Digital Gap & A Different Versatility

(All the pictures above are from google pictures. Intellectual rights reserved to those who originally produced them.)

This week’s readings reminds me of the digital gap and ancient people’s versatility. When I enjoy the advantages of technologies and digital learning, I am also concerned and worried about my students back in China. Most of my undergraduates do not even have a PC. Those of the graduate students who do have one, may not have the chance to get digital literacy in a classroom, or be able to write multimodal composition. I think of the great masters of ancient times because they are versatile without any digital device, only that their learning process is different. For example, the Maya people mark their calendars according to their naked eye observation of the stars, in ancient China, it is the same. I cannot help asking a question here: Are we becoming smart or stupid compared to our ancestors? Maybe there is no absolute answer I think. I mean, imagine how the ancient guys  built the Pyramids, the Great Wall, and so on.

Digital gap among nations and people is already evident in the digital race world wide. I think China has a long long way to go on the road of digital literacy. The Department of Foreign Languages, owing to the governmental fundings, is often the most equipped department except the Computer Science Department in terms of computers and new media facilities. To peer review in a computer based classroom for most of the majors in China is not possible for now in most of Chinese universities. On the one hand, the teaching method is mostly teaching centered. On the other, infrastructure condition does not allow that happen. Students’ writings are basically evaluated by the instructors by hand because  assignments are hand written. I do not ask students to hand me in printed papers because they may spend more money on that if they do not have a computer or a printer and have to go to the university printing shops.

Versatility, an ability that was previously considered as a combination of skills in different fields such as astronomy, philosophy, and so on, is now having new dimension of multi-literacies. Therefore, it is becoming more and more difficult for us to become an expert in many fields. I doubt that if great men such as Aristotle and Confucius were alive, could they manage to be that great if they got a lot more to explore and learn. Maybe great men are fewer and fewer just because the information and knowledge load we have today. What US is having now is the future of many third world nations. The remaining gap is good, at least, people always has something to learn from each other by looking forward to their future, or by looking back to their past.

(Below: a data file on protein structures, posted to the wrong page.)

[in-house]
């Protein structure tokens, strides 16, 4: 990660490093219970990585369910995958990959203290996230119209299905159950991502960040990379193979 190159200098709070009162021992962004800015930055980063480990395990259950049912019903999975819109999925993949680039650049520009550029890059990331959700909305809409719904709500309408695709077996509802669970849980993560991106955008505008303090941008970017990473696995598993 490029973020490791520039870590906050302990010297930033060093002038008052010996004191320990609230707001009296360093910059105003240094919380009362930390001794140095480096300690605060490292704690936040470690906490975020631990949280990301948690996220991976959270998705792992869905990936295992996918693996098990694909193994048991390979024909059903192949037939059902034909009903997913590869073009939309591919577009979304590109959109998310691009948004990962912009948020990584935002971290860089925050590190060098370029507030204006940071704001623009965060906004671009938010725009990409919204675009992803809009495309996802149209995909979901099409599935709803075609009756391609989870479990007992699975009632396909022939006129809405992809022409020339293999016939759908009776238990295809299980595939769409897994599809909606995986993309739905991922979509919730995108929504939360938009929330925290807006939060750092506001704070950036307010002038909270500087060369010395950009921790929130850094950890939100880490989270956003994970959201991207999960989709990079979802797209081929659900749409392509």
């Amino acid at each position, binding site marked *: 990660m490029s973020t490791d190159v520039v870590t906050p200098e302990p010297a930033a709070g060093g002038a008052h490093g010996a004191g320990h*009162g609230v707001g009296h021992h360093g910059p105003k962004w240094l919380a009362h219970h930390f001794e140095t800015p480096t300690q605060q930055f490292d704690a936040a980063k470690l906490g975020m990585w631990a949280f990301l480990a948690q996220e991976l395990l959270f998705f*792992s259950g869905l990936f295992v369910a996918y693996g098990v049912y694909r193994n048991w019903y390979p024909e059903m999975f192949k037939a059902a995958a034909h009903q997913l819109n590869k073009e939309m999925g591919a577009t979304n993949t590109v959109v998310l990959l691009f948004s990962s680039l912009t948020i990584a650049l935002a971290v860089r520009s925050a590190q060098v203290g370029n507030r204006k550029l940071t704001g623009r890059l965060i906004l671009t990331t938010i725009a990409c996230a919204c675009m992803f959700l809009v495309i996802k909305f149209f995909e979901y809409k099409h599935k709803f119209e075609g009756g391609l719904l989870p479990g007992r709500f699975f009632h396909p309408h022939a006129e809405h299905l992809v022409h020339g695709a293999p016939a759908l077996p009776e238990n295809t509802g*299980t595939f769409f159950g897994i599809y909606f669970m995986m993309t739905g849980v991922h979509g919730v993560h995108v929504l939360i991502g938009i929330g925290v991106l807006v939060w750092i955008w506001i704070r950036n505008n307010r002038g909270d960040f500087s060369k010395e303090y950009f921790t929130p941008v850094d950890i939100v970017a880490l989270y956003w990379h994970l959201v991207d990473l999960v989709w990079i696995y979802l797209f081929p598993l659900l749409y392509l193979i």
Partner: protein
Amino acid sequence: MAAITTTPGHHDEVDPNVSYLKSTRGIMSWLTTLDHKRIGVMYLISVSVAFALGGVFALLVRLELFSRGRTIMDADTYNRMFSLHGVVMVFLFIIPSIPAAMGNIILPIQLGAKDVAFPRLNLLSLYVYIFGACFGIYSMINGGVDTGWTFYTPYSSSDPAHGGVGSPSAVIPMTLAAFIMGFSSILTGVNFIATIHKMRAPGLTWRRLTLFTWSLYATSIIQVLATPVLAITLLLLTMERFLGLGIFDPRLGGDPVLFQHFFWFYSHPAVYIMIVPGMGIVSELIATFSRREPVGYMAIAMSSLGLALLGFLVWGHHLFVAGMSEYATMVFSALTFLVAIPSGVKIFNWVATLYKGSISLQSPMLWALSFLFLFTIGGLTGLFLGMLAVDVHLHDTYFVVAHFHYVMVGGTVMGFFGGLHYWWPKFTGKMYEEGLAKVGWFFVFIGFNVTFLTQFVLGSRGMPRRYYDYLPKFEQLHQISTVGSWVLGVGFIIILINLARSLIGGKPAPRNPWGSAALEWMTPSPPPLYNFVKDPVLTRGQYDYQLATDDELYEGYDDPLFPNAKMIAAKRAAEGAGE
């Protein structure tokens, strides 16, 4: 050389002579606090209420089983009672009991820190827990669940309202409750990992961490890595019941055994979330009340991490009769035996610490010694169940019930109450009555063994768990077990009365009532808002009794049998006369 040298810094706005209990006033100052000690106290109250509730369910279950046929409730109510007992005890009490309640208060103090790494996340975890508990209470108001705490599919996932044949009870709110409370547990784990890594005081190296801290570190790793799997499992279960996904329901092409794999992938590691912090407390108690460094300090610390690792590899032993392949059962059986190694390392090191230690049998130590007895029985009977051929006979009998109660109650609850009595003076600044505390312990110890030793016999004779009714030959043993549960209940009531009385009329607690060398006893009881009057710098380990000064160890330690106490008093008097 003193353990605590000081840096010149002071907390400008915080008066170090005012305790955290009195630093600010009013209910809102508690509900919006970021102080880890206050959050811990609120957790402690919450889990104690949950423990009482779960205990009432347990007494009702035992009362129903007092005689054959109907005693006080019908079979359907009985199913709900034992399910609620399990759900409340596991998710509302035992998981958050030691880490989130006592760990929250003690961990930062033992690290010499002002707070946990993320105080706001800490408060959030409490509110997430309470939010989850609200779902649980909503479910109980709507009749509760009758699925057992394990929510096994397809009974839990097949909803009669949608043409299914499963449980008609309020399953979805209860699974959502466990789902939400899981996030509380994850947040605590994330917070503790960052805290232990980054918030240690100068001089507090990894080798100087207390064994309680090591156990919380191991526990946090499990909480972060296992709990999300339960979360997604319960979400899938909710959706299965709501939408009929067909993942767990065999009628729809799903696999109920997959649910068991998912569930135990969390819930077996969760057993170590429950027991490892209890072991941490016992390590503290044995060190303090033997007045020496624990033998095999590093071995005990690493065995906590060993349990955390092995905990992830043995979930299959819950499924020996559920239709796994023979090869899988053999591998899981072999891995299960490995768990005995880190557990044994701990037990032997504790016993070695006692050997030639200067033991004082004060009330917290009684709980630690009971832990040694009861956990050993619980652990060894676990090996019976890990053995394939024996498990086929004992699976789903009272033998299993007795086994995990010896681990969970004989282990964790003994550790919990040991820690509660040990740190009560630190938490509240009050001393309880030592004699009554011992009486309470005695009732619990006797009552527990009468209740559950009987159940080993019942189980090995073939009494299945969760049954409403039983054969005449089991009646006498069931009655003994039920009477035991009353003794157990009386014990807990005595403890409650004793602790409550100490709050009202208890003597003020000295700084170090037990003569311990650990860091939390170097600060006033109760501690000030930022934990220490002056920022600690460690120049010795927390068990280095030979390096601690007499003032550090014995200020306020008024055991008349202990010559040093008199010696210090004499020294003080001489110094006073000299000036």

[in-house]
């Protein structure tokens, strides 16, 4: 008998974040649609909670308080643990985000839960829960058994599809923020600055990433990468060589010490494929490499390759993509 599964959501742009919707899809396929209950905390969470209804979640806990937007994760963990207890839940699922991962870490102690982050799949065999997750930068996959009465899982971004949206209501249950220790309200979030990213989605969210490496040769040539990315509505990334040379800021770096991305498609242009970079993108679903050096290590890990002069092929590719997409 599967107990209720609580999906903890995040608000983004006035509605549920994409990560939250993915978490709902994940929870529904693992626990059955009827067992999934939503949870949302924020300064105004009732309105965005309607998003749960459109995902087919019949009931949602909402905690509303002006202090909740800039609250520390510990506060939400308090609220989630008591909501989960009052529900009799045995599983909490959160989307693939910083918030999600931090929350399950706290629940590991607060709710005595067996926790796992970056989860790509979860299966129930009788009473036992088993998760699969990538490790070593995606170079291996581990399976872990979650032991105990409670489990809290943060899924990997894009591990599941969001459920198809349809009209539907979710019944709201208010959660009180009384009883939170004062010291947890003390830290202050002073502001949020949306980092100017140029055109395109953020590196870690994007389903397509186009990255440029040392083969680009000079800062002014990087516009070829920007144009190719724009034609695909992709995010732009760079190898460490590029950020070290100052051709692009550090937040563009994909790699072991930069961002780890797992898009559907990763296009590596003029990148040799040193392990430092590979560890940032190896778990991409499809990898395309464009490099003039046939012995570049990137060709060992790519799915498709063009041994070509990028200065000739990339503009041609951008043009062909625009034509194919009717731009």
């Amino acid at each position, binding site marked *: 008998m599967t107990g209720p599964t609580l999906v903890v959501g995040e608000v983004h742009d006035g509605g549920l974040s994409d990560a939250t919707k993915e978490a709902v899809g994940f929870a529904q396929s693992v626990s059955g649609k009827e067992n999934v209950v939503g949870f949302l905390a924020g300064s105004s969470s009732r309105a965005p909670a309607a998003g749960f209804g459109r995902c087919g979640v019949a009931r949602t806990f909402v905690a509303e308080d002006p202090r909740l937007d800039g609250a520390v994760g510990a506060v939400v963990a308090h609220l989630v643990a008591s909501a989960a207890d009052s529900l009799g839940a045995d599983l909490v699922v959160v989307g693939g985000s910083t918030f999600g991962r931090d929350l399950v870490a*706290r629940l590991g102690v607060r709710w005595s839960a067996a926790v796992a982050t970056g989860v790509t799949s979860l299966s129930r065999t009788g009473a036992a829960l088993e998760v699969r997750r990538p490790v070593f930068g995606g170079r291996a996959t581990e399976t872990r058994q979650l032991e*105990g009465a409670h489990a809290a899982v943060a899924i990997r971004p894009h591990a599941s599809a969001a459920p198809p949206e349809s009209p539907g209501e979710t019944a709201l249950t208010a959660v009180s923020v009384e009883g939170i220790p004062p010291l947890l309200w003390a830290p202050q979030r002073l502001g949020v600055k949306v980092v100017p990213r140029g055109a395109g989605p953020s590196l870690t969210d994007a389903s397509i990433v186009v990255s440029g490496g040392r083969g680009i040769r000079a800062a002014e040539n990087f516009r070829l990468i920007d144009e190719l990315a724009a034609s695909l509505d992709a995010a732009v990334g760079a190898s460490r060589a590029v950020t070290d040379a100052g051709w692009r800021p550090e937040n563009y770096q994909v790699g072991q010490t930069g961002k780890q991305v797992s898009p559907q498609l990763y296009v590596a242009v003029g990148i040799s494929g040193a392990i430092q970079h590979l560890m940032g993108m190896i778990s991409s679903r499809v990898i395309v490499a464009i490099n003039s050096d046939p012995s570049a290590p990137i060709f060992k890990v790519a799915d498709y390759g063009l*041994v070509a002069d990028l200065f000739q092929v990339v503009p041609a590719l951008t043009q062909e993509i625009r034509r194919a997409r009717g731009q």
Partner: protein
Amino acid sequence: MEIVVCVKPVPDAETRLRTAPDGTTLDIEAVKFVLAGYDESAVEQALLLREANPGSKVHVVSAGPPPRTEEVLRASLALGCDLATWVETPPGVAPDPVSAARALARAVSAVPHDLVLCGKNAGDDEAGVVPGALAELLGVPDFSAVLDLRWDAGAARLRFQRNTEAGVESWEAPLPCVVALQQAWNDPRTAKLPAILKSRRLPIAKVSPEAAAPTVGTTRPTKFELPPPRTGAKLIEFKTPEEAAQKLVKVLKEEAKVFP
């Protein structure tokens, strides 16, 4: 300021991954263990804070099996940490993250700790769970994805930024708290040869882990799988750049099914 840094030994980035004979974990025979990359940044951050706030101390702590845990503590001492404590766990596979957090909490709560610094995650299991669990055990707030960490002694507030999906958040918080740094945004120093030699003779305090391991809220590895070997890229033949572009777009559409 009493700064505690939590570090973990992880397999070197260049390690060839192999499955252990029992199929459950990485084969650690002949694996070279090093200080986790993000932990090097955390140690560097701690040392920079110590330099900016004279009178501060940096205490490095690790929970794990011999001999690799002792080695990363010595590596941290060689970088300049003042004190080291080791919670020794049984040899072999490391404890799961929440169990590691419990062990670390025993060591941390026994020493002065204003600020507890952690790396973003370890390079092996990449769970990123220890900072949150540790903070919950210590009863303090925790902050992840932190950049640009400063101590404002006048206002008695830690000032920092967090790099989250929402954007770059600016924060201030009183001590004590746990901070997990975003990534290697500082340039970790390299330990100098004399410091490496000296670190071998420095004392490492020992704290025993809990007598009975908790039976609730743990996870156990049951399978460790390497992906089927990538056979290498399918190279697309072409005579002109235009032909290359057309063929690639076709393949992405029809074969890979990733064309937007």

What I am concerned is how can instructors and students manage their tasks? They are not having easy tasks after all. I think “recomposition”(Devoss and Ridolfo”Rhetoric Velocity and Delivery”) is probably one way to both learn and write. Issues that deal with infrastructure improvement, teacher training, students’ motivation, and so on hinders our progress to some extent. I agree with Anderson that multimedia can motivate students, and infrastructures can bring on support and disruption in composition classroom(Devoss, Cushman, and Grabill).

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3 Comments (+add yours?)

  1. ellah1
    Nov 04, 2012 @ 22:23:04

    Thank you for the graphs. I am surprised that the Chinese universities are not as well-equipped with computers. I assumed that most major cities around the world shared had similar technologies to those in the United States. You and Lin have given me much insight into Chinese education. Thank you.

    Reply

  2. Belle Wang's multi-modal writing studio
    Nov 04, 2012 @ 22:47:23

    Thank you for reading, It is true that Chinese coastal cities and some metropolitans have better infrastructural condition than the rest of the country, but compared to US, where computers are equipped in almost all classrooms, China has quite a long way to go. For instance, my former classmates who are working in Tibet and Xinjiang told me some classrooms of the remote areas are not well equipped.

    Reply

  3. Bradford Hincher
    Nov 06, 2012 @ 01:43:34

    Belle, I am very impressed with this quote: “Maybe great men are fewer and fewer just because of the information and knowledge load we have today.” I read this before class, and I had notes on it so that we could talk about it during my presentation. It is unfortunate that we ran out of time. I think this is something we all need to consider. It reminds me of the paradox that I stated today is inherent in almost everything involving computers and composition. Specifically in terms of what you brought up, it is both easier and more difficult to gain attention and recognition in the digital age. We are gaining opportunities for that, at the same time that we are losing them.

    Reply

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